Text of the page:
When do I have to open a probate case in Illinois?

When do I have to open a probate case in Illinois?

If a loved one has passed on and you are the executor of their estate you need to be sure if you have to open a probate case. Depending on the deceased person’s assets you might not have to open a probate case, which will save the estate time and money.   Obviously every estate is different, and I would recommend talking to a probate attorney (this does not constitute legal advice) if you have any questions about the process. Before taking that step, here are a few guidelines for estates that do not require a probate case be opened: The estate contains no real estate, The estate has no claims or debts, and The estate has less than $100,000.00   Remember, if you do meet these requirements you might not have to open a probate case in Illinois. However, I would talk to a local probate attorney who could evaluate your exact situation and give you advice. I personally have opened and closed many estates in Kane and Cook counties, and I would be delighted to provide you quality legal service for your...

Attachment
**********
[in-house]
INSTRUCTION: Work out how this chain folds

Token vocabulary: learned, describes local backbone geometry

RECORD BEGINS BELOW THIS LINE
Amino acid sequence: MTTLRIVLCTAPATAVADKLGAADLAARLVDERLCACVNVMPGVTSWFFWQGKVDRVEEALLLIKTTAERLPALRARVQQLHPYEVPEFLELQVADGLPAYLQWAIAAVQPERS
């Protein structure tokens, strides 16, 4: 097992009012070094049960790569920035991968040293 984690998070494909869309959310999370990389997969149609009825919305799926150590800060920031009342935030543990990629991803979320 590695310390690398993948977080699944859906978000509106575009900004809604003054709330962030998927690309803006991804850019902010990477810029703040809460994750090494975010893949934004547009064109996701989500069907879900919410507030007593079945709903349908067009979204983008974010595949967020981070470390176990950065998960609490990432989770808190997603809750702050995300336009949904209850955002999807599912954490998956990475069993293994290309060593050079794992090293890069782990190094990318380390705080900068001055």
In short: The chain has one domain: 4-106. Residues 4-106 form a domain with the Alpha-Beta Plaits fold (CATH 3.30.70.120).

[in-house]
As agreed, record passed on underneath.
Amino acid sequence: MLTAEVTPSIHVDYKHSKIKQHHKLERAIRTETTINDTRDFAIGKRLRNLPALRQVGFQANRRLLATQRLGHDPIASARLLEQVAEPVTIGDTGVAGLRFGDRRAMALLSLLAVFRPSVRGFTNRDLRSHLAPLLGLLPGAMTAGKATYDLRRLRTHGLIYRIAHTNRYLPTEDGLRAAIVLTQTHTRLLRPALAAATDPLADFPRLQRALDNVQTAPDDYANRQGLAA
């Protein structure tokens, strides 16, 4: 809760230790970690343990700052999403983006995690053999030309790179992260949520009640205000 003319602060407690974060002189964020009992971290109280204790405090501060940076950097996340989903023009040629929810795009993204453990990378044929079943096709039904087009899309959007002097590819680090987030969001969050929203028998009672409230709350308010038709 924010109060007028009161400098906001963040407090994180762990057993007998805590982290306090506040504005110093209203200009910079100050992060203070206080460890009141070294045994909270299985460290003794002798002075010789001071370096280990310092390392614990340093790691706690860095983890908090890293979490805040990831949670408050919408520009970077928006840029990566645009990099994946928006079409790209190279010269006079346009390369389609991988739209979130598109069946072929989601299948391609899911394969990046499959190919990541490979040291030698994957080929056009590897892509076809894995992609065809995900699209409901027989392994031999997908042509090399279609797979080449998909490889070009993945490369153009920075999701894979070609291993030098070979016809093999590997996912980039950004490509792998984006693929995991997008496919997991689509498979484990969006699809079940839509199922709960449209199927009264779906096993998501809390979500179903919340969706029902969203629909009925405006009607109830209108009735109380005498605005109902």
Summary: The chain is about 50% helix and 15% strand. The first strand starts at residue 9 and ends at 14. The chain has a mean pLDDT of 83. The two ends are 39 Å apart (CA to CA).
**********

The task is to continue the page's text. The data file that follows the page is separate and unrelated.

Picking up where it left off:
What is the first step of the probate process?

If you find out you are the lucky individual who has been named the executor of an estate, do you know the very first thing you should do once the testator has passed away? Answer: file the testator’s will and death certificate with the clerk of the court in the county where the testator resided when they passed away. Once the will has been filed, if it is determined you need to get the ball rolling in the probate process, you must complete and file a request to the court called a petition for probate. This petition must be filed with the court clerk in the county where the testator resided at the time of his death. Executors may attempt to complete the probate process on their own but you can save yourself a lot of time and stress by hiring an attorney to do it for you. Also, there are definitely legal responsibilities imposed upon an executor of an estate. For example, if you know there is a legal and valid will and you do not file it with the clerk of the court you can be held responsible (which is a class 3...